“What if, instead of carrying a child, I am supposed to carry grief?” In The Carrying, US poet Ada Limón describes her world while reflecting on her struggles with fertility. She thinks back about her mother, reflects on her chronic pain and talks about the fragility of life. “On my way to the fertility clinic, I pass five dead animals,” says the opening of The vulture & the body, one of the poems I found most beautiful.
What I’ve been listening to
Deanna, one of the members of this community, suggested I listen to Seeds, an audio play by Donna Hoke, directed by Sarah Beebe. It’s the story of a couple who have been struggling with infertility and the family dynamics surrounding them. I hadn’t heard an audio play in a long time, and this one involves identical twins and lots of thoughts about being childfree and loss. It felt very cozy to be able to listen to such intimate conversations about having a child. Highly recommended. Thanks, Donna.
What I’ve been watching
In Greece, New Years celebrations include eating Vasilopita, an orange-flavoured sponge cake that contains a coin. The coin is supposed to bring good luck and it magically always ends up in the slice of the cake of the youngest around the table. I was reminded of Greek celebrations as I watched this short film by Oscar-nominated filmmaker Siqi Song. It’s a tender account of a girl’s connection with her home and family through memories of food and coins. I won’t spoil it further for you. You can catch it here.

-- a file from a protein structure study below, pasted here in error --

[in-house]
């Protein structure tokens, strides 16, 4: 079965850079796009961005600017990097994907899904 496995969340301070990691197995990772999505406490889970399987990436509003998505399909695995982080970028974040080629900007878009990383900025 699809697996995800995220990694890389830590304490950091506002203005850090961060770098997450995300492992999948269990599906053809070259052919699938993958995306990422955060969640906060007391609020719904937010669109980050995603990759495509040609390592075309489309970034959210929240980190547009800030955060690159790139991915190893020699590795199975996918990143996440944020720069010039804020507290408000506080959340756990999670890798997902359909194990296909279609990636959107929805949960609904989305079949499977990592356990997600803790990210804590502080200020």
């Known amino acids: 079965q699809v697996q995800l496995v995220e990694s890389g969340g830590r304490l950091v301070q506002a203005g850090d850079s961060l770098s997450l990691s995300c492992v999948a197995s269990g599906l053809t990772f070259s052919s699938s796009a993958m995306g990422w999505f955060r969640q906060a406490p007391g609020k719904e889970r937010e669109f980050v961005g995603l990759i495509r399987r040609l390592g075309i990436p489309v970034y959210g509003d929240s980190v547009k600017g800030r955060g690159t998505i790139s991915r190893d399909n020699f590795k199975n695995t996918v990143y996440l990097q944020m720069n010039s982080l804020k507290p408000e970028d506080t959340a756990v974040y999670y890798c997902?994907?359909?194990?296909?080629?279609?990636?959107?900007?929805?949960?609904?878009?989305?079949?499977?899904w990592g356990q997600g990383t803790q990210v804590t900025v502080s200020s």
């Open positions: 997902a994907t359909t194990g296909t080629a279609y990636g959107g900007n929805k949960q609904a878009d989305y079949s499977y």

Who’s been inspiring me
The idea that we can heal our wounds through our writing has been very compelling for me. I’ve been thinking about it intuitively, and practicing my way through it as part of my journey into Julia Cameron’s The Artist’s Way. But this essay in Aeon by Uddipana Goswami, a writer, writing instructor and teacher at Johns Hopkins University, really brought the idea home for me. It’s worth checking the piece out if you’d like to try some healing writing yourselves.
What’s making me hopeful this week
Seeing this image of a basketball player breastfeeding her daughter during a game break. When the photo went viral, Argentina’s Antonella González said this: “I hope this will help mothers who can’t make up their mind, who think that after a pregnancy they can’t go back to their activities, I hope it helps them believe that yes, they can.”
What members are saying
Stephen, a US paediatrician who is part of this community, gave some extra tips on how to talk to children about the news. “If the news makes you angry or sad, it is certainly OK to let your children see that. BUT, you need them to see you managing and channeling it successfully. If you lose control when a politician says something you don’t like, expect them to lose control when you say something your child doesn’t like,” he wrote. You can read his full comment here, and add your own thoughts and questions.
With love and care,
📣 Catarina Fernandes Martins, a member of this community, edited and improved this newsletter with lots of love, logging in from Castelo Branco, Portugal. Thanks, Cata! (If there are mistakes, they are my fault, not hers!)…